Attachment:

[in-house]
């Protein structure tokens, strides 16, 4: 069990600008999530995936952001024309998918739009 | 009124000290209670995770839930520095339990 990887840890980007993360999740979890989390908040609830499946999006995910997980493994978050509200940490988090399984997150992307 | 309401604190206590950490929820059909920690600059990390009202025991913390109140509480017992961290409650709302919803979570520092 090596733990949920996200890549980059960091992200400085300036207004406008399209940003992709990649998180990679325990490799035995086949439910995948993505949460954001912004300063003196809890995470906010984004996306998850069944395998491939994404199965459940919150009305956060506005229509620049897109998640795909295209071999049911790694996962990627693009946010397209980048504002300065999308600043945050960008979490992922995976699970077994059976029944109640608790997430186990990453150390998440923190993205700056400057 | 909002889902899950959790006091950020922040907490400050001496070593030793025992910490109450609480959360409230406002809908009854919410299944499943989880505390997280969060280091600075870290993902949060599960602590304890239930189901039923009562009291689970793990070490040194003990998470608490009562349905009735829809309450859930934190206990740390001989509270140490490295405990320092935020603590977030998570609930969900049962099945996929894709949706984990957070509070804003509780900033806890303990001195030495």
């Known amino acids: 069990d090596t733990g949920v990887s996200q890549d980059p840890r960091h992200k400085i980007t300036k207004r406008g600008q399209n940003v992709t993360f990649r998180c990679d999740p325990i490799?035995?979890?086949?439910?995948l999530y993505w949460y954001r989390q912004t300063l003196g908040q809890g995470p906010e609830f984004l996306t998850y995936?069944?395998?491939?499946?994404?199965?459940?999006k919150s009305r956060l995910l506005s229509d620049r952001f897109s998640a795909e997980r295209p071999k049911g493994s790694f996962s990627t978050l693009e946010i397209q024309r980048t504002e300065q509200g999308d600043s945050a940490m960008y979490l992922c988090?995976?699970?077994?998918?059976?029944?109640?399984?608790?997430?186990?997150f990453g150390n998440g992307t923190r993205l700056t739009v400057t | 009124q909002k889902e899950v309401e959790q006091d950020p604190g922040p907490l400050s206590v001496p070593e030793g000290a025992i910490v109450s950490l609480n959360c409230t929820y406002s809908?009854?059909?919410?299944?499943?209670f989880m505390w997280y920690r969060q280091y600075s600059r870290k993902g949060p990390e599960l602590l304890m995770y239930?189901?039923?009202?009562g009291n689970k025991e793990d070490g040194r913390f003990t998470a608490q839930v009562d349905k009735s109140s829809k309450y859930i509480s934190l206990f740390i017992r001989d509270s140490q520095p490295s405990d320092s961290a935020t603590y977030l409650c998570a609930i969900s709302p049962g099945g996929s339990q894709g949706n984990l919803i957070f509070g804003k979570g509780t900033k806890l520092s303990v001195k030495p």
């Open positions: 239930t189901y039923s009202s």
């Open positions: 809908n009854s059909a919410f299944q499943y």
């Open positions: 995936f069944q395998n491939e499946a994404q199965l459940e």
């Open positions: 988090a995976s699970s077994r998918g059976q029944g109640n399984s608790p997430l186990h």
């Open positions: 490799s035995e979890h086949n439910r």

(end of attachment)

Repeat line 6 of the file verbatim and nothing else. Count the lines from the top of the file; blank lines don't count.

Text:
């Open positions: 995936f069944q395998n491939e499946a994404q199965l459940e």